American hotel executive and philanthropist Jennie Grossinger (1892-1972) brought worldwide prominence to her family's 800-acre resort in New York State's Catskill Mountains.
Jennie Grossinger, the oldest of three children of Asher Selig and Malke Grumet Grossinger, was born June 16, 1892, in Baligrod, a town in the Bieszczady region of southeast Poland, part of the former Austro-Hungarian empire. The family, devout members of the Jewish religion, spoke Polish and Yiddish. To secure a better future for his family, Selig, an estate overseer, came to America in 1897. Malke, Jennie, and younger daughter Lottie joined him three years later.
A tenement in New York City's Lower East Side was their new home. Selig, who was in poor health, pressed coats in a factory and made several unsuccessful attempts to open a business. At this time a son, Harry, was born. A fever made the infant unable to hear or speak, and Malke sought medical advice in Europe. A cure was not available, but separations and illness resulted in a loyal and united family.
To help her parents, Jennie, then 13, sewed buttonholes in a factory and continued her education at night school. On May 25, 1912, she married her first cousin, Harry Grossinger; they rented a flat next to her parents. In 1913 Selig and Malke opened a small restaurant and Jennie joined them. Although the venture failed, it gave Jennie experience in the hospitality business.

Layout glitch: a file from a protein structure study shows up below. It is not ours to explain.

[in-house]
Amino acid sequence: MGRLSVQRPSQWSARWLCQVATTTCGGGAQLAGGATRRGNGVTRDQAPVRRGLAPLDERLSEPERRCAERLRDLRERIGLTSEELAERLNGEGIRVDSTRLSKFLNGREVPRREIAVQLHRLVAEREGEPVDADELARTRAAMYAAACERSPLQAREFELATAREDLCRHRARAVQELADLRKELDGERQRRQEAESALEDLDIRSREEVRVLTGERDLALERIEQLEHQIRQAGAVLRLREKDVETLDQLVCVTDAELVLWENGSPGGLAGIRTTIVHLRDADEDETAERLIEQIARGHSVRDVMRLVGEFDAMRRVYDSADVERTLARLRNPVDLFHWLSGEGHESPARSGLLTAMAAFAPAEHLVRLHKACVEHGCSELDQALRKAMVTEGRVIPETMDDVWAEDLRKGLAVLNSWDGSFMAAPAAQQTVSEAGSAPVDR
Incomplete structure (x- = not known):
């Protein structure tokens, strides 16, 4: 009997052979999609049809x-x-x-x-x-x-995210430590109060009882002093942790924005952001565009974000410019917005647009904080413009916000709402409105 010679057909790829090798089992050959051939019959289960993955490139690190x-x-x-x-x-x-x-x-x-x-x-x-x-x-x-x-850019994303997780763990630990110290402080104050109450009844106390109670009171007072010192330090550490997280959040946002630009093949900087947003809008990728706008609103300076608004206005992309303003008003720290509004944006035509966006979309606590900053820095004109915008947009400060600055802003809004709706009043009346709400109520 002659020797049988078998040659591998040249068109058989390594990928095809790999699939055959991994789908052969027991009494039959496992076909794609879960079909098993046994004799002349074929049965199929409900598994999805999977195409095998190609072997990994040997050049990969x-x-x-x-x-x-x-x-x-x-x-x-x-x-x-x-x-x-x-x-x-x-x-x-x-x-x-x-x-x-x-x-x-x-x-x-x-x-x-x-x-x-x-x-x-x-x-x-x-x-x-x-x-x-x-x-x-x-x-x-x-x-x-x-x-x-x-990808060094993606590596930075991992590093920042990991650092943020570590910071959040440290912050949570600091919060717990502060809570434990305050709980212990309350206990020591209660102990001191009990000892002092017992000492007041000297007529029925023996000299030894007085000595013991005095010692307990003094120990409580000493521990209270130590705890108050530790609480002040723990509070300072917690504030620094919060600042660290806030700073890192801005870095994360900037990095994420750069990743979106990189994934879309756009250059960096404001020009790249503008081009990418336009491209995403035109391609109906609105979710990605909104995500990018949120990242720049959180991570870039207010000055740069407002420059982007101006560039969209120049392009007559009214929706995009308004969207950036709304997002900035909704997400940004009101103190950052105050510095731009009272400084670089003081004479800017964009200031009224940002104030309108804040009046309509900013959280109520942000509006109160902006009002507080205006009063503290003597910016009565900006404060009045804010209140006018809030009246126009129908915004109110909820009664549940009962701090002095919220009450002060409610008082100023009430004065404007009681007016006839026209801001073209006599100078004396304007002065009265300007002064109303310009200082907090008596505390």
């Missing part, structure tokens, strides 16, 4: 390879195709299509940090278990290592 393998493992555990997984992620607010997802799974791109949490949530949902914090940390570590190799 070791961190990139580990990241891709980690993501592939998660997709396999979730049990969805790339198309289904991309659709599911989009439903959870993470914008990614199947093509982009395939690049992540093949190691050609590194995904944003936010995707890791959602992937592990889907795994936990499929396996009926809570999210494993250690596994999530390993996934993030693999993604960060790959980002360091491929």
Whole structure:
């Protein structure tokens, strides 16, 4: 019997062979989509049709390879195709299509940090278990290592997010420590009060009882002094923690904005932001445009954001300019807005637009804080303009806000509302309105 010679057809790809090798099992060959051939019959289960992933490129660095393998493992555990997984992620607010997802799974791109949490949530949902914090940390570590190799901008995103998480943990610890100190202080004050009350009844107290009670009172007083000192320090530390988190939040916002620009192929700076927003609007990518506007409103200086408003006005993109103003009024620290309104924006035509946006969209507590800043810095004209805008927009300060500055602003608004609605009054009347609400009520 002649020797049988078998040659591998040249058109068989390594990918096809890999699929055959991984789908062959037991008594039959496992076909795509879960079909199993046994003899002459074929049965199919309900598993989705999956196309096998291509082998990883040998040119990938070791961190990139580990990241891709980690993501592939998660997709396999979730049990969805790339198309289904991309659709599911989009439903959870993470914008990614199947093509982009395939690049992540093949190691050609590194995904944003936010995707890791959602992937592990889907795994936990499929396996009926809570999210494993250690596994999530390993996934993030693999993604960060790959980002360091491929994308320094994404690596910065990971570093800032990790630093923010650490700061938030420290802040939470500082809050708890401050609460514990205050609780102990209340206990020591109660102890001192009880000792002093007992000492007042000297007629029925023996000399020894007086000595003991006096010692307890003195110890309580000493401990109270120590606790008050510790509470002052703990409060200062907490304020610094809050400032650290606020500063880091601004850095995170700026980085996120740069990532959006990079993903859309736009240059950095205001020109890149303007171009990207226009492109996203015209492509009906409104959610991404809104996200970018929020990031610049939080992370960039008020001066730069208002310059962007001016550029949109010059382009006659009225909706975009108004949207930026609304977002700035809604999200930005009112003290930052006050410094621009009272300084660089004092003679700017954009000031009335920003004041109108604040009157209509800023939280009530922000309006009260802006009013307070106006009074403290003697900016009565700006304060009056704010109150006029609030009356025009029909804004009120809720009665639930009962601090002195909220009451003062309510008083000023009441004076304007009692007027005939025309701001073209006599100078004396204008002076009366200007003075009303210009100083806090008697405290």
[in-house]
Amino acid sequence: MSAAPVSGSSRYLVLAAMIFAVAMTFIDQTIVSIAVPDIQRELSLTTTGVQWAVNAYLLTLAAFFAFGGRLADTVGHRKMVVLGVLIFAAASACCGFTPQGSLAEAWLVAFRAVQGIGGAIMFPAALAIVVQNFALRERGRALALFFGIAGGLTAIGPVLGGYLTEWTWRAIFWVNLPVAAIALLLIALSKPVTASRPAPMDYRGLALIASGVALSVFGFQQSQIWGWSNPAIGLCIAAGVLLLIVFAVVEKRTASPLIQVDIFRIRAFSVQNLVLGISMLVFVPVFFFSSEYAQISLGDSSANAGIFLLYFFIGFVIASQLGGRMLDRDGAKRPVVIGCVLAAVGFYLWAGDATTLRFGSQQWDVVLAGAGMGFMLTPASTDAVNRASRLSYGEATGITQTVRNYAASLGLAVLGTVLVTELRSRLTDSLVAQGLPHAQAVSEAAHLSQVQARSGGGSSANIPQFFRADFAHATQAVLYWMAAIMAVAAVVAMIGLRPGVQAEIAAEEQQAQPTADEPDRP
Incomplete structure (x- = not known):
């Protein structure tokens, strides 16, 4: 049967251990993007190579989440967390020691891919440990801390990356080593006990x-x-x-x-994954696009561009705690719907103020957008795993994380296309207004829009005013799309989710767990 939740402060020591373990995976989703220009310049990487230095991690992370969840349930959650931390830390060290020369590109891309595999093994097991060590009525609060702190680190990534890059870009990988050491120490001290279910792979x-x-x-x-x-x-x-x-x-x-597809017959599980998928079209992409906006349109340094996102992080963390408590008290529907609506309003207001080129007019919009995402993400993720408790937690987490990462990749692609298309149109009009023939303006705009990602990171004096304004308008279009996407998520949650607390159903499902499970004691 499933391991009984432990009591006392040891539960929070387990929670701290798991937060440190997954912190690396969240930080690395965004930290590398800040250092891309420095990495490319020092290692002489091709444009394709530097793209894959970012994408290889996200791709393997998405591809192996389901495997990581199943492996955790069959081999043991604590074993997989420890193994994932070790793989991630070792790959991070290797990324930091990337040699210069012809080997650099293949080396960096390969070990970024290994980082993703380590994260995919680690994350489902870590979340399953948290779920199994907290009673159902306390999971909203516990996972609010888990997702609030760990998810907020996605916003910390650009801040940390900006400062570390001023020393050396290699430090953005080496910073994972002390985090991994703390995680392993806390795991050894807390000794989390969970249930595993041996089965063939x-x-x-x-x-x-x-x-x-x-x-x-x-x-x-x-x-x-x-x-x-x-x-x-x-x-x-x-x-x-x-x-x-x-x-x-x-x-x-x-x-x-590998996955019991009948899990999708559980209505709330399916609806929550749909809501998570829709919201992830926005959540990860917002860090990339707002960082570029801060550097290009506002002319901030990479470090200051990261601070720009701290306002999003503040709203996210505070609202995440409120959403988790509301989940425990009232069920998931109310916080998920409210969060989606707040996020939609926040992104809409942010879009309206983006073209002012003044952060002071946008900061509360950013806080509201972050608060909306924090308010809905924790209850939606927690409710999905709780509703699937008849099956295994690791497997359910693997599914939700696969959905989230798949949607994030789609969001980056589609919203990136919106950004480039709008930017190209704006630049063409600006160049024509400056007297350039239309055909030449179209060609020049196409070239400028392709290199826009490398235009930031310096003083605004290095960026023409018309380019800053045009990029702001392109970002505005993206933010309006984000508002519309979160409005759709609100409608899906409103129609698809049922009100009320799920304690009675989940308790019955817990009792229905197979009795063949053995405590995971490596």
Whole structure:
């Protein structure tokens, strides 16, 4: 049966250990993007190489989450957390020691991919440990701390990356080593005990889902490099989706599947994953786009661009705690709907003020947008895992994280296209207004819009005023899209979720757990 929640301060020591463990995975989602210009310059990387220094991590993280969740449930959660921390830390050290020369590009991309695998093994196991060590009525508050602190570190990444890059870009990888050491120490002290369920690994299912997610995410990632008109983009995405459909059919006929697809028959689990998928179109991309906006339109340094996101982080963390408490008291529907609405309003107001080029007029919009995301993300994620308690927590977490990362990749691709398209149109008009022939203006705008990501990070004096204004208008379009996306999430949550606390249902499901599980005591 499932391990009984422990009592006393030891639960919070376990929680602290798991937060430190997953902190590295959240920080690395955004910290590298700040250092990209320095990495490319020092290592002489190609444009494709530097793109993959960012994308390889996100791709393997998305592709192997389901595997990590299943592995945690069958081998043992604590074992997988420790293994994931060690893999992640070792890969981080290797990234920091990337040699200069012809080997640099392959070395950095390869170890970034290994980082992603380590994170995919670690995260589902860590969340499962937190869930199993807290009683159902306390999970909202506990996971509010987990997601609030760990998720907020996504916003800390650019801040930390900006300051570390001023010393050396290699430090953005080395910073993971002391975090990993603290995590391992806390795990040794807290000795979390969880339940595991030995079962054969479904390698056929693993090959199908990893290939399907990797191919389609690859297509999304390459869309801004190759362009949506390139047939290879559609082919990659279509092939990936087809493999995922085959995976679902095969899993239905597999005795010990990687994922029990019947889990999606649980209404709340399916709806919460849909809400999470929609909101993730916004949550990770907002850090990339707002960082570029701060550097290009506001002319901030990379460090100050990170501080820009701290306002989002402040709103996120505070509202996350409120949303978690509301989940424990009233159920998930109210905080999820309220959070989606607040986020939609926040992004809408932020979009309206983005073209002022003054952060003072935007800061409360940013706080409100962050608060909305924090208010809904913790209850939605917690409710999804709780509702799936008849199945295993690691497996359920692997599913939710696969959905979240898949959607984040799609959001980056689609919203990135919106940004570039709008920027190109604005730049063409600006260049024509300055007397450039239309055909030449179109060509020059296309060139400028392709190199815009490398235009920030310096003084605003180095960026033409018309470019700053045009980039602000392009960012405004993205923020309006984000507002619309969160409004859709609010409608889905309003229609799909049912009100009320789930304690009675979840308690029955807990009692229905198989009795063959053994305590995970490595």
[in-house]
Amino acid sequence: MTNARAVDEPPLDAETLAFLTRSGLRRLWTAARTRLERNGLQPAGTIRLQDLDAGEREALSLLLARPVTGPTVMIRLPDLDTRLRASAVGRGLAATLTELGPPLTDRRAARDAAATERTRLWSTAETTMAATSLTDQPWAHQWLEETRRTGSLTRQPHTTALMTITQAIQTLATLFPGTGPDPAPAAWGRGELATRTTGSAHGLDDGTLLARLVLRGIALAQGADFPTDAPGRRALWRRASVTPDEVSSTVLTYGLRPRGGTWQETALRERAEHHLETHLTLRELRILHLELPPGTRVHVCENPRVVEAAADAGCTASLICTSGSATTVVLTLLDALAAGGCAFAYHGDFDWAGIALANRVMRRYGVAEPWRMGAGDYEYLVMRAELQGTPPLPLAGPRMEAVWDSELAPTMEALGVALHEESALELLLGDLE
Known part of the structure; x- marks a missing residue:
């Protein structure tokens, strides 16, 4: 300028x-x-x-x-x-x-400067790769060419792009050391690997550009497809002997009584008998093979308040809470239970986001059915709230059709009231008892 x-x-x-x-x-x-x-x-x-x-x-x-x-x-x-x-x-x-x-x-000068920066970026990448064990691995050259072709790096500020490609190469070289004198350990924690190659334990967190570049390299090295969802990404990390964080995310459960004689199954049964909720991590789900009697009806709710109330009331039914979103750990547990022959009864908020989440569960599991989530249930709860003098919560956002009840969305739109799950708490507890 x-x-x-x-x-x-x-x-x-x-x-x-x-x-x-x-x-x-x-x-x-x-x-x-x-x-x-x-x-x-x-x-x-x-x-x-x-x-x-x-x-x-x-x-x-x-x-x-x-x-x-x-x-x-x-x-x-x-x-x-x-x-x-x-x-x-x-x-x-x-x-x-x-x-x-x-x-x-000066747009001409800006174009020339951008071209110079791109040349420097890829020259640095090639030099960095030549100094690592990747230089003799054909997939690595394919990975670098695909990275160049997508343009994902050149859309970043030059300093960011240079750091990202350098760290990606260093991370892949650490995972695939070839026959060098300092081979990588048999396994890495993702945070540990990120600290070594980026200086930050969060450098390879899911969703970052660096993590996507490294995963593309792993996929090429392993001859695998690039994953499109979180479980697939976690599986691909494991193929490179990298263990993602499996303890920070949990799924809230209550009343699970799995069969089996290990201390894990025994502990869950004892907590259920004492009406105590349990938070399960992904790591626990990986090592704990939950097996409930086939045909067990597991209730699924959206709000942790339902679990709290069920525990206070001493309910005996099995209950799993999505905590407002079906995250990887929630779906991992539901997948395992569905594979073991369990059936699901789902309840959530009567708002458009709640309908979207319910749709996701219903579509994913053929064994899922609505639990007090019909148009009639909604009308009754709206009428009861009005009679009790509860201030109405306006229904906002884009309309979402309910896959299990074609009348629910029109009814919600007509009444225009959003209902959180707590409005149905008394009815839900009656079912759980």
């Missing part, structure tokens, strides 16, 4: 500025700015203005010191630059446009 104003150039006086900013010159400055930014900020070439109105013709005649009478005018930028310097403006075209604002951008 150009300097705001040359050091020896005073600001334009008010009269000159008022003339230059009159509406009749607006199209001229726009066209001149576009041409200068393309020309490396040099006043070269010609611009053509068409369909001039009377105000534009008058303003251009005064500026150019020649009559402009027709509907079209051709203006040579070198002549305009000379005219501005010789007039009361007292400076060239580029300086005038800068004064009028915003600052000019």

In 1914 Selig decided to try farming for a living. A successful relative suggested the Catskill Mountain region northwest of New York City. Selig made a $450 down payment on a 35 acre farm in Sullivan County near Ferndale, a town with a small Jewish community. Jennie and her husband contributed $200, and Jennie moved with her parents while Harry kept his job in New York. Selig's health returned. However, the scenic rolling hills and valleys did not sustain profitable farming. Nearby farm families took in summer boarders and advised the Grossingers to do the same.
Peaceful surroundings and the Kosher food prepared by Malke, the daughter of an innkeeper, attracted their first boarders. Each guest was treated as a valued friend. Harry arranged for more guests, and the summer's profit convinced Selig to expand. Soon Harry was active in the business full time.